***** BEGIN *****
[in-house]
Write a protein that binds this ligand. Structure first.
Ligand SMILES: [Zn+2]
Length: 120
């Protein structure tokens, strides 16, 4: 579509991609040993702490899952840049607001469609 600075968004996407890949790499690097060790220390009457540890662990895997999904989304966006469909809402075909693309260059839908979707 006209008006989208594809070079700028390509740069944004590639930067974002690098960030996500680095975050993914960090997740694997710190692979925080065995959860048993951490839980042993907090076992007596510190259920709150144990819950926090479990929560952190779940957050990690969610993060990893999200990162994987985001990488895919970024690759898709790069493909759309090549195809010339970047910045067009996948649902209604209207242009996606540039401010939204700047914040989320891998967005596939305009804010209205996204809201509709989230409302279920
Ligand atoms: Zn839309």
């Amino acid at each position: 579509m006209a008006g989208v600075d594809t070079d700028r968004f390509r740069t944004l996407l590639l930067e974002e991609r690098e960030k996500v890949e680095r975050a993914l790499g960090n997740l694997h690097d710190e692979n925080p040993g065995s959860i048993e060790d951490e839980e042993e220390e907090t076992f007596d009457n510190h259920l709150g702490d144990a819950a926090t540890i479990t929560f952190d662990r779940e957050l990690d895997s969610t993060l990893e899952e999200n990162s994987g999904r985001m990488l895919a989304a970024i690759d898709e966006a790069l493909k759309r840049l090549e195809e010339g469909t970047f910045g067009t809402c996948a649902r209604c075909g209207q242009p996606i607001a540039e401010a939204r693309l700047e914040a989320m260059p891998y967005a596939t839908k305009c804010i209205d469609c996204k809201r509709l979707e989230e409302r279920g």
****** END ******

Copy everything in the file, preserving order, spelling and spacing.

[in-house]
Write a protein that binds this ligand. Structure first.
Ligand SMILES: [Zn+2]
Length: 120
């Protein structure tokens, strides 16, 4: 579509991609040993702490899952840049607001469609 600075968004996407890949790499690097060790220390009457540890662990895997999904989304966006469909809402075909693309260059839908979707 006209008006989208594809070079700028390509740069944004590639930067974002690098960030996500680095975050993914960090997740694997710190692979925080065995959860048993951490839980042993907090076992007596510190259920709150144990819950926090479990929560952190779940957050990690969610993060990893999200990162994987985001990488895919970024690759898709790069493909759309090549195809010339970047910045067009996948649902209604209207242009996606540039401010939204700047914040989320891998967005596939305009804010209205996204809201509709989230409302279920
Ligand atoms: Zn839309």
């Amino acid at each position: 579509m006209a008006g989208v600075d594809t070079d700028r968004f390509r740069t944004l996407l590639l930067e974002e991609r690098e960030k996500v890949e680095r975050a993914l790499g960090n997740l694997h690097d710190e692979n925080p040993g065995s959860i048993e060790d951490e839980e042993e220390e907090t076992f007596d009457n510190h259920l709150g702490d144990a819950a926090t540890i479990t929560f952190d662990r779940e957050l990690d895997s969610t993060l990893e899952e999200n990162s994987g999904r985001m990488l895919a989304a970024i690759d898709e966006a790069l493909k759309r840049l090549e195809e010339g469909t970047f910045g067009t809402c996948a649902r209604c075909g209207q242009p996606i607001a540039e401010a939204r693309l700047e914040a989320m260059p891998y967005a596939t839908k305009c804010i209205d469609c996204k809201r509709l979707e989230e409302r279920g």